Thomas Conrad Jr. Defrauds Investors 40 Years After Ban

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Thomas Conrad Jr. Defrauds Investors 40 Years After Ban

According to the SEC, Thomas Conrad Jr.–an 85 year old man from Alpharetta, Georgia who was barred from the securities industry 45 years ago for fraud–was defrauding investors all over again with the assistance of his 55 year old son, Stuart P. Conrad. The two allegedly defrauded investors in a group of hedge funds they managed that held $10.7 million.

According to the SEC’s complaint, Conrad ceased payouts to investors for over four years beginning in 2008. He, however, allegedly continued to pay out cash to himself, his son, other relatives, and a few favored investors from the investment fund.

Thomas Conrad Jr.’s funds previously ran afoul when one substantial investment was found to be a Ponzi scheme run by another money manager, according to the agency. The fund had to repay $2.3 million of alleged “false profits” that the fund had received from the scheme. At the same time numerous investors were fighting for their money, Conrad paid himself and his wife about $2 million is redemptions and other payments, including their yearly salaries amounting to $252,000 as well as $124,000 for down payments on an aircraft. According to the SEC, his son received an estimated $444,000 in redemptions and another son, in the capacity of fund administrator, wrote himself a $26,500 check from one of the funds to purchase a truck. He eventually repaid the money but never disclosed the transaction to investors. Additionally, a daughter-in-law received an $18,000 loan from one fund to cover credit card bills. The loan was later bought by another fund run by Conrad, and this too was never disclosed.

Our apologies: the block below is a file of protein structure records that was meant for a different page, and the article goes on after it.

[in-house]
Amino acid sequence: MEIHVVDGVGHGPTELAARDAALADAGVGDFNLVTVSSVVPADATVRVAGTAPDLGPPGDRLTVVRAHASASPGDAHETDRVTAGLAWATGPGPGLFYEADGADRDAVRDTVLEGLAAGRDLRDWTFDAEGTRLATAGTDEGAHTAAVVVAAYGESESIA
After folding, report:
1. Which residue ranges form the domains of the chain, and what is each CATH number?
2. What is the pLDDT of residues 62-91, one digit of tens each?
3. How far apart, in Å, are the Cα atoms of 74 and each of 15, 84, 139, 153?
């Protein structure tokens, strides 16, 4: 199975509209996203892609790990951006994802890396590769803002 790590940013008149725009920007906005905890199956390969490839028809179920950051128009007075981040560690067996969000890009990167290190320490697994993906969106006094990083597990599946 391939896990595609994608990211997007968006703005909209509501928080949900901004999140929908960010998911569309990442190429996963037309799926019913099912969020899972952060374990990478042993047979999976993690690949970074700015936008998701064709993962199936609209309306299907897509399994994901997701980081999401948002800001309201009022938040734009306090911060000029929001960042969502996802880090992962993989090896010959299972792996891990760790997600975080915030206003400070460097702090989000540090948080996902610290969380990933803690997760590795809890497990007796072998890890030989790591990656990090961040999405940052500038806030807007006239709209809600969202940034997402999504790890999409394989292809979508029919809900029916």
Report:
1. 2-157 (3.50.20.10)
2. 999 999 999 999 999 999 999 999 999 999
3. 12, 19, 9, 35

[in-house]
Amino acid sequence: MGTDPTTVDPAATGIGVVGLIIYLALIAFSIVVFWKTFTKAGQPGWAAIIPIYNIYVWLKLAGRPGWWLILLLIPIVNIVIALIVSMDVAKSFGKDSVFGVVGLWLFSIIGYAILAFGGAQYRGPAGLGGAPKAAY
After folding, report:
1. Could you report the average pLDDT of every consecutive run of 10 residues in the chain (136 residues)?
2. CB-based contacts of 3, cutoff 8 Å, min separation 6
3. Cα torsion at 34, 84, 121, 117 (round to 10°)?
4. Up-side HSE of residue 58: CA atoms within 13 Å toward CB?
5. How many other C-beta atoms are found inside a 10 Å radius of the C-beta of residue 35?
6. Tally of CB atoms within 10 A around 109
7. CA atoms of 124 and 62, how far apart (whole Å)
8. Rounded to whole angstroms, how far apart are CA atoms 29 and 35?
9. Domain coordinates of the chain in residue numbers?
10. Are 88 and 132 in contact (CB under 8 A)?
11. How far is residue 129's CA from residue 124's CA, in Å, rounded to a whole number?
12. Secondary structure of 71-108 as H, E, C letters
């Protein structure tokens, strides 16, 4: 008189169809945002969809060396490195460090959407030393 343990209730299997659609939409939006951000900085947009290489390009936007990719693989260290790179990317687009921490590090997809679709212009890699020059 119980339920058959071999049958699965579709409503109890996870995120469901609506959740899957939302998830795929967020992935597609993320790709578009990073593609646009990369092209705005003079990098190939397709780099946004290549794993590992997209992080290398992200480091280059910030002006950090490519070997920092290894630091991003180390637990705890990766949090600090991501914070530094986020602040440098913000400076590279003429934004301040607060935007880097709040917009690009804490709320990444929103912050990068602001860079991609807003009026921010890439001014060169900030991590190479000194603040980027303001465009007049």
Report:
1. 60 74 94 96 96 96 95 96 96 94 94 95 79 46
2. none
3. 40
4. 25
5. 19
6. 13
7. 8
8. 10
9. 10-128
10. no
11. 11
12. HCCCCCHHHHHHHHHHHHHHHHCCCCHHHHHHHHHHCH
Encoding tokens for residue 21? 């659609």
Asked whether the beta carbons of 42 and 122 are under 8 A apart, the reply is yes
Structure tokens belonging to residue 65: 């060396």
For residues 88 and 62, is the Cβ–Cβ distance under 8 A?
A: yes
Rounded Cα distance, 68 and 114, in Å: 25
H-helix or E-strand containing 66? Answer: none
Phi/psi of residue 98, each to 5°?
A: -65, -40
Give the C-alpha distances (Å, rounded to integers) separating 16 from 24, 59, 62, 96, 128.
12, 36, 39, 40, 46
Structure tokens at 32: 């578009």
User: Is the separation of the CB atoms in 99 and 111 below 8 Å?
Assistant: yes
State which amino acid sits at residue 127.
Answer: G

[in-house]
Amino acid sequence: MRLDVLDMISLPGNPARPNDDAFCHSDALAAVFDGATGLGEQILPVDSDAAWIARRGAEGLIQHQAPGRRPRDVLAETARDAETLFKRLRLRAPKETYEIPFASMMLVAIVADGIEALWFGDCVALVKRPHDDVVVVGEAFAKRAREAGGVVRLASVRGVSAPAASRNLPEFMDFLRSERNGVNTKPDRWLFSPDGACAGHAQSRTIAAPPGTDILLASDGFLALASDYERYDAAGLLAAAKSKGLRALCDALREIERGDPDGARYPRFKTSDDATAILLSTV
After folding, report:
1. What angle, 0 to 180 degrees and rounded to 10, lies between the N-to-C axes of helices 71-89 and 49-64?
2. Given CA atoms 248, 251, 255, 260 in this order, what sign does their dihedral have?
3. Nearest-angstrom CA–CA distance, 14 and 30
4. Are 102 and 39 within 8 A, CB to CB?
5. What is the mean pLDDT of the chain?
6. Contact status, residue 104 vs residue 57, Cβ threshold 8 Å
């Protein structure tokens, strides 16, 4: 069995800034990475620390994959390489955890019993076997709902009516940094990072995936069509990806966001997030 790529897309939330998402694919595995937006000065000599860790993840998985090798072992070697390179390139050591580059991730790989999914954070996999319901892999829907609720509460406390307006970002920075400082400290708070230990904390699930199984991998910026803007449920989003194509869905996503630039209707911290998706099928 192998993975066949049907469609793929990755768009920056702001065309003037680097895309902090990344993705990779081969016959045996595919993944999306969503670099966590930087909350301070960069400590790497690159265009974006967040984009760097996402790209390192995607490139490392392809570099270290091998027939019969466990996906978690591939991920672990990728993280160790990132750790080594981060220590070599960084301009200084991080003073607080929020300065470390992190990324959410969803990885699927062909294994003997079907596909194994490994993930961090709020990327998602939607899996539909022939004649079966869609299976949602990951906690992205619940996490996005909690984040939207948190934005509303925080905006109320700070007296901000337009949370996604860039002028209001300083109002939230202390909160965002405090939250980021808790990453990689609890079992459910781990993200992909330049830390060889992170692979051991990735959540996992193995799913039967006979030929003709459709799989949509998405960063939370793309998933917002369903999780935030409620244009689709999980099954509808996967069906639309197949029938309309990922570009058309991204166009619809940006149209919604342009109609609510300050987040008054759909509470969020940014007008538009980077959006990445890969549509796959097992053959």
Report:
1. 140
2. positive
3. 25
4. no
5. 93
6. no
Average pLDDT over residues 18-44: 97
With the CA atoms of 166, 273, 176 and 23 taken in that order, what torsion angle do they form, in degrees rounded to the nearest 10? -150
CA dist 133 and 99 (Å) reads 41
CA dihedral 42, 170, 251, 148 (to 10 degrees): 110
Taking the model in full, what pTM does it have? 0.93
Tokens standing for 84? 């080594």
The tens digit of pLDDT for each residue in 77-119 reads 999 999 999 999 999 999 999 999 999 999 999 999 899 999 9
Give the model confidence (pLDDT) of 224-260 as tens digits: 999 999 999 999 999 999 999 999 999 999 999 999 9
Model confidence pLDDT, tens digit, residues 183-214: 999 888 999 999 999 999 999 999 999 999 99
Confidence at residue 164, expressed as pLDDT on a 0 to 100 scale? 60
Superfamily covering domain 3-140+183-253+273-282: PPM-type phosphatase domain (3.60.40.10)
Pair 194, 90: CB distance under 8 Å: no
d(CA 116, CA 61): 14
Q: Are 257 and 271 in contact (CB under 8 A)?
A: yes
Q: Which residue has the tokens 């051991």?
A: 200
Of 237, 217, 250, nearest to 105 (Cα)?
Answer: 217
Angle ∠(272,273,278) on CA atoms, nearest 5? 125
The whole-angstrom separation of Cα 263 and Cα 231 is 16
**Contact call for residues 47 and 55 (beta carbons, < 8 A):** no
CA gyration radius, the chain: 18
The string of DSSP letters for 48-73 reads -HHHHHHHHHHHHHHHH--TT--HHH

The SEC claims that Conrad violated federal securities laws by failing to disclose to investors that he had been barred from the investment industry following a 1971 disciplinary action. It alleges that Conrad also acted wrongfully by having the hedge fund pay extra fees to himself as a sub-manager of some of the investments without disclosing the conflict of interest.

Conrad’s son, Stuart Conrad, “aided and abetted these violations,” said the SEC. The agency asked the court to impose civil penalties and to require the Conrads to repay money taken from investors.

If you or someone you know has lost money as a result of an investment or Ponzi scheme, please contact Richard Frankowski at 888-741-7503 to discuss your potential legal remedies or complete the contact form.

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